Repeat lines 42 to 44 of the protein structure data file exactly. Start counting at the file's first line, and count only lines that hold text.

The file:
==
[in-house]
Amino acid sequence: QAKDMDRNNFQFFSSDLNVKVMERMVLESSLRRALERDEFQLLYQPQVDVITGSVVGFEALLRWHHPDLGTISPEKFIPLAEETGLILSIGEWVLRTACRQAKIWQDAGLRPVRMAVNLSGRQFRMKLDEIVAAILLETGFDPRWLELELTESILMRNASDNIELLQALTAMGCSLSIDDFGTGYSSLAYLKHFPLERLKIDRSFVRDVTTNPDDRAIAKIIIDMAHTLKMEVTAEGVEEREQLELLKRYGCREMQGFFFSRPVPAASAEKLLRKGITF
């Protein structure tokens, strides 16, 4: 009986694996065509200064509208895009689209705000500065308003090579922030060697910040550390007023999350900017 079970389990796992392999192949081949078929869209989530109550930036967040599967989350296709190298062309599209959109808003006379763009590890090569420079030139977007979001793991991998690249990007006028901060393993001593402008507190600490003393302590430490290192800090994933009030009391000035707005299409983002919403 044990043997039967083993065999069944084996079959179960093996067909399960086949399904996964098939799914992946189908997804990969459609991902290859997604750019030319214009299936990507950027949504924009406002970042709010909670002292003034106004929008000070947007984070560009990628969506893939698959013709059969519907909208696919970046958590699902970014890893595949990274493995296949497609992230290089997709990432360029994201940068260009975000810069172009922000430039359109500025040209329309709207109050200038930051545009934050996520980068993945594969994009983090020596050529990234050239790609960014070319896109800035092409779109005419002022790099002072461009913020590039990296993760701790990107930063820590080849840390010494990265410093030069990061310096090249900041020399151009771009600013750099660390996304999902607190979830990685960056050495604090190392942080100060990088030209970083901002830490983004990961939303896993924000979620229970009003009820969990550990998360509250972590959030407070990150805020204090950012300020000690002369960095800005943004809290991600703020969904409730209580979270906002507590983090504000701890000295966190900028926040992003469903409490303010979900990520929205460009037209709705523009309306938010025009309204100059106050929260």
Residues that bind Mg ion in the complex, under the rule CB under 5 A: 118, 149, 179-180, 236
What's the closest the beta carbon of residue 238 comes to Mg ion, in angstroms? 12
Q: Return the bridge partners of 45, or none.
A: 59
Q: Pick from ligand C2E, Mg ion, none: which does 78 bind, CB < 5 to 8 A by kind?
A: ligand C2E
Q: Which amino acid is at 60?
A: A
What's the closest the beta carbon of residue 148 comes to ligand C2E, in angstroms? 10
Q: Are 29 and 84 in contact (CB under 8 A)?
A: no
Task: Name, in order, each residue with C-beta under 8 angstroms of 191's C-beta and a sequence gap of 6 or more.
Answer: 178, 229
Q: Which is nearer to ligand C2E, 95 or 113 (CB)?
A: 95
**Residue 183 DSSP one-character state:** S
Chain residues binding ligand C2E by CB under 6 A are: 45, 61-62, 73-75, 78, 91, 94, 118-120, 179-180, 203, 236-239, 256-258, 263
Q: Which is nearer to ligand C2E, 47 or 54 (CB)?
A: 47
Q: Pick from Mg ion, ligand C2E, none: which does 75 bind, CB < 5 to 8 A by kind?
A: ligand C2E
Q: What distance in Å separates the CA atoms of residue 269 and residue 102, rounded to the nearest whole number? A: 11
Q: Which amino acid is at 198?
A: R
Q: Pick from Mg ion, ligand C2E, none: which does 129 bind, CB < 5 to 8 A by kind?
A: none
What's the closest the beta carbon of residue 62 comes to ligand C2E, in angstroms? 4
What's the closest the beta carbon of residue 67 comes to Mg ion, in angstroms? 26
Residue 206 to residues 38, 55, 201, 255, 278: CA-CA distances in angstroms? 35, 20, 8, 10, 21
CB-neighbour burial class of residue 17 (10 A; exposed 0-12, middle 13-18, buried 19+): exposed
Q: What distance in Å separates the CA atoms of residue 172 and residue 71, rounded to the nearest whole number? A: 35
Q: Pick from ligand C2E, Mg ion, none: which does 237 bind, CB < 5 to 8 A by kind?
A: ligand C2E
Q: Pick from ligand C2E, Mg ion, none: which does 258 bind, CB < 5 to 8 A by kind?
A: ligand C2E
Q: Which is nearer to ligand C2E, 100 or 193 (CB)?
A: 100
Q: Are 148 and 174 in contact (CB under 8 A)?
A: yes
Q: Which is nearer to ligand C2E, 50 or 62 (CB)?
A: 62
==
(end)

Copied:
A: yes
Q: Which is nearer to ligand C2E, 50 or 62 (CB)?
A: 62